Active Presidents of India

Constituent Assembly Debates on Position of President

Several important members of the Constituent Assembly had expressed their opinion and held that the President was merely a constitutional head, and the real power was vested with the Union Council of Ministers. Alladi Krishna Ayyar, a member of the Drafting Committee of the Constituent Assembly, observed that the word “President” used in the Constitution merely stands for the fabric responsible to the Legislature” What he meant by the term President’ was the Union Council of Ministers which was declared to be collectively responsible to the House of the People.” 

Dr. B.R. Ambedkar, the Chairman of the Drafting Committee of the Constituent Assembly, explained the position of the President in the following words: The President is merely a nominal figure head. He has no discretion and no powers of administration at all. He occupies the same position as the King under the English Constitution. He is the Head of the State, but not of the Executive. He represents the nation but does not rule the nation. His place in the administration is that of a ceremonial device on a seal by which the nation’s decisions are made known. The President of India will be generally bound by the advice of the Ministers. He can do nothing contrary to their advice, nor can he do anything without their advice. 

Mr. Nehru, the first Prime Minister of the country, observed: We want to emphasise the ministerial character of the Government and that power really resided in the Ministry and in the Legislature and not in the President. At the same time, we did not want to make the President just a mere figurehead. We did not give him any real power, but we have made his position one of great authority and dignity. He is also to be the Commander-in-Chief of the Defence Forces.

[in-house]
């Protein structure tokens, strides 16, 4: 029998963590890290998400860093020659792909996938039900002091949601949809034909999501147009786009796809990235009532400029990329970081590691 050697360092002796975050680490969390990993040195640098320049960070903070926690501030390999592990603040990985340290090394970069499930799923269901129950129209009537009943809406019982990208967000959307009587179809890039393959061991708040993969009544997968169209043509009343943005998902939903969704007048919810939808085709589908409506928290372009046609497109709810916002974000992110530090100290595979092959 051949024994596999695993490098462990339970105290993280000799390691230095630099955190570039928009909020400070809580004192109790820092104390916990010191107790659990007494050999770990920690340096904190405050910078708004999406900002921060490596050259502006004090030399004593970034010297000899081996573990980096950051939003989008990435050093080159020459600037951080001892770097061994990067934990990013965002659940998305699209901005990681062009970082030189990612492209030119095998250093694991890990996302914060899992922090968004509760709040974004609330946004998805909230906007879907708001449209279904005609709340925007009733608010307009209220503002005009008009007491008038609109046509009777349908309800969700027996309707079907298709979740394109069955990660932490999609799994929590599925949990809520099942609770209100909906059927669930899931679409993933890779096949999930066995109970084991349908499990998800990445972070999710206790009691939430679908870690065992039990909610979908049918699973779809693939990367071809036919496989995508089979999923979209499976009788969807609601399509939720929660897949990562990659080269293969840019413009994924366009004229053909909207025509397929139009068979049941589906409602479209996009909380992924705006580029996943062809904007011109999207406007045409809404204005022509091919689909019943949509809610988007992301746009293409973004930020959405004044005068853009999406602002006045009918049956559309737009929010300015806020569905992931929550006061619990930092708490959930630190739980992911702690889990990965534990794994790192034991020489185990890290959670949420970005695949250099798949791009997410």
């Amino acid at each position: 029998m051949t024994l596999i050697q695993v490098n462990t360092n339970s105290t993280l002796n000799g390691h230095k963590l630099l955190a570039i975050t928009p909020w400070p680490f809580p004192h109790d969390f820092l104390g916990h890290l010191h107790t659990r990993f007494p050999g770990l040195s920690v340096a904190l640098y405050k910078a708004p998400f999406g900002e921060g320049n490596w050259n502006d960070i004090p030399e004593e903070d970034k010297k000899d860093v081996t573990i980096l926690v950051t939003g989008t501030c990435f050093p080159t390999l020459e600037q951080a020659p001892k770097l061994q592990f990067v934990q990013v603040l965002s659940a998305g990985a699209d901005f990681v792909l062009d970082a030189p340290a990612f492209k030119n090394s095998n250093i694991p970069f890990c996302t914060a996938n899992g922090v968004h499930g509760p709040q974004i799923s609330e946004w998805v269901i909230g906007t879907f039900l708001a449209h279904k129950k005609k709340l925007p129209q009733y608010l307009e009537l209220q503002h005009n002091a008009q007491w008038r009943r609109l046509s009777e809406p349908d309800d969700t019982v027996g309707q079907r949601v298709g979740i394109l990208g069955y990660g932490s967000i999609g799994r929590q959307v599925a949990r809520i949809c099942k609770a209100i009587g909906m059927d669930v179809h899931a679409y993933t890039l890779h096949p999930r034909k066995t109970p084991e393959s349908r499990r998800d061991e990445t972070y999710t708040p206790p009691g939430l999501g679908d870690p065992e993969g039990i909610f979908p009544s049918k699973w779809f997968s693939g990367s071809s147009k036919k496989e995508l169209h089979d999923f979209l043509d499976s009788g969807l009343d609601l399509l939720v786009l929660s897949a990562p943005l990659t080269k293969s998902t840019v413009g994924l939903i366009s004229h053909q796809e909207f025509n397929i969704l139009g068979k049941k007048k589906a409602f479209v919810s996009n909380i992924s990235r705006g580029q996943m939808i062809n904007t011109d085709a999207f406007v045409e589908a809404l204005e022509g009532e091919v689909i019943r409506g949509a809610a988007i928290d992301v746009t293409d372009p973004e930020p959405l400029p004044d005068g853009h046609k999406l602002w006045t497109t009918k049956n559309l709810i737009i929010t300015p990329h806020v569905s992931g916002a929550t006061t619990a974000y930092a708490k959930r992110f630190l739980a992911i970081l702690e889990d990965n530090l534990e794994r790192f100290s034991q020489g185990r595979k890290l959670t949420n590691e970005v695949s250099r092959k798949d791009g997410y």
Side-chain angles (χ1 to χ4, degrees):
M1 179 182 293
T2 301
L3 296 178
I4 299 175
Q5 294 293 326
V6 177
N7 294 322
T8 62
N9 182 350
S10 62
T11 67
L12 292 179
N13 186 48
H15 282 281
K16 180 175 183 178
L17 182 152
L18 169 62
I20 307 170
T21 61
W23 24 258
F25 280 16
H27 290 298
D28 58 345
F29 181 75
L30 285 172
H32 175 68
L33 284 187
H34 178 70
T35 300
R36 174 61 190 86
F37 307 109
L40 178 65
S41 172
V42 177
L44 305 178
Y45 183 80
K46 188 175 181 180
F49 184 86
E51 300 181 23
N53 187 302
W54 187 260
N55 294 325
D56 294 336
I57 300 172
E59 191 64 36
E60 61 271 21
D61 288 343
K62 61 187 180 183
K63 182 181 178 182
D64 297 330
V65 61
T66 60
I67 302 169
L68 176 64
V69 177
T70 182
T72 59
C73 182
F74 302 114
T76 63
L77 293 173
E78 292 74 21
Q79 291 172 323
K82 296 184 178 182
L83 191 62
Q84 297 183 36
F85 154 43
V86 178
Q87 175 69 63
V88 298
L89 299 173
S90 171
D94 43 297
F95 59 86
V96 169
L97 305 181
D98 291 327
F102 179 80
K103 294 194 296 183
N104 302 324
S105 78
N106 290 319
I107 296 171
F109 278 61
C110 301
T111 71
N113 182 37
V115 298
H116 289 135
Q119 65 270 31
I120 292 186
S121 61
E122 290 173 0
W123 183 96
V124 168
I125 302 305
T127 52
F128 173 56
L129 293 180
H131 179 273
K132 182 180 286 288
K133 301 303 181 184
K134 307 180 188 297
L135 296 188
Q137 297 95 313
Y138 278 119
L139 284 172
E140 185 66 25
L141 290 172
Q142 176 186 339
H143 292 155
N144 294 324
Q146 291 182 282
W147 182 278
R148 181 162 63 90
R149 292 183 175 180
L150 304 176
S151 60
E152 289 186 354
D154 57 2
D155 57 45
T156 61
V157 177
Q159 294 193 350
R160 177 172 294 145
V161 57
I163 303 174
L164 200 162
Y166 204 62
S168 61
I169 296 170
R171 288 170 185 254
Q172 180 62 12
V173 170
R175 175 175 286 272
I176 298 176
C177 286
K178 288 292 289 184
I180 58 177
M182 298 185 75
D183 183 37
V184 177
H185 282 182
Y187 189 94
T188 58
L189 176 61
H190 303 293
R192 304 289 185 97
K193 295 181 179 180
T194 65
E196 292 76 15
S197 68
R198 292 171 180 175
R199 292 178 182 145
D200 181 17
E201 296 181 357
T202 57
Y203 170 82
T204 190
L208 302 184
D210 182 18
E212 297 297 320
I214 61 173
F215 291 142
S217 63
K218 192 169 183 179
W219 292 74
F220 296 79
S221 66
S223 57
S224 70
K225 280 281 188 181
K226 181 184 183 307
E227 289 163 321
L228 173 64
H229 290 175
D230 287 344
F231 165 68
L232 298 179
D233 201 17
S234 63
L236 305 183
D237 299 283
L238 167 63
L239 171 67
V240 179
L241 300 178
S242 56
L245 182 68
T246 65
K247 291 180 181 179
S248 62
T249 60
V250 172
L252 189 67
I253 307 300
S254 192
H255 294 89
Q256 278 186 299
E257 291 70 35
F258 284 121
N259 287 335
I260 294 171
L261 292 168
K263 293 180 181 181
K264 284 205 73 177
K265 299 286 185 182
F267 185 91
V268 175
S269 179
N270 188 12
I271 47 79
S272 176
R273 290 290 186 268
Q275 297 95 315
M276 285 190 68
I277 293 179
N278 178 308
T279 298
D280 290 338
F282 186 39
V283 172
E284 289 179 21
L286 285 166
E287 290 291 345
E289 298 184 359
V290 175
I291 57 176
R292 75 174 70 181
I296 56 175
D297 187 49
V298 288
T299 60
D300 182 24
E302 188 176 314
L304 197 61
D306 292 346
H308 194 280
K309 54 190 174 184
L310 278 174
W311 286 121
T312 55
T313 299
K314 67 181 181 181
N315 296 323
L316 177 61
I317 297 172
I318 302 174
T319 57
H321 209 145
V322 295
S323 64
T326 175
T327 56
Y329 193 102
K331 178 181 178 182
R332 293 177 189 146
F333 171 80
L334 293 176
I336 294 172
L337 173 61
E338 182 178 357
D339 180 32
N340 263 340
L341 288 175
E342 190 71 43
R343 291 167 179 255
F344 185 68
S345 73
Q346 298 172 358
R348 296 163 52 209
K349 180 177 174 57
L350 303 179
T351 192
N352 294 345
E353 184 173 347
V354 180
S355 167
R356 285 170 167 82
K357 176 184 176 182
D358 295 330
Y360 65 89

In 1951, the President, Dr. Rajendra Prasad, expressed his desire to act in his individual judgment, in regard to giving assent to two Bills sent to him for his assent. It made Mr. Nehru, the Prime Minister, worried. He consulted the then Attorney-General Mr. M.C. Setalvad and Sir Alladi K Ayyer. Both these authorities expressed the view that the President had no discretion under Article 111 and that it would be constitutionally improper on his part not to seek and be guided by the advice of the Council of Ministers. Dr Prasad did not precipitate the matter and acted in accordance with the Council’s advice.

Active Presidents Of India

  • Giani Jail Singh: In 1987, he withheld assent from a controversial bill (Post Office Amendment Bill) passed by the parliament.
  • Shankar Dayal Sharma: Returned two executive orders to the cabinet in 1996 because they had been “inappropriately” issued before a general election. 
  • K R Narayanan: Mr Narayanan also sent back a proposal to impose direct rule in the northern state of Uttar Pradesh to the cabinet, asking the ministers to reconsider it. He bluntly said: “I am not a rubber stamp. He has asked the Central government on the manhandling of opposition in Tamil nadu by the police on the support of the ruling party.
  • APJ Abdul Kalam didn’t give his assent to the office of profit bill.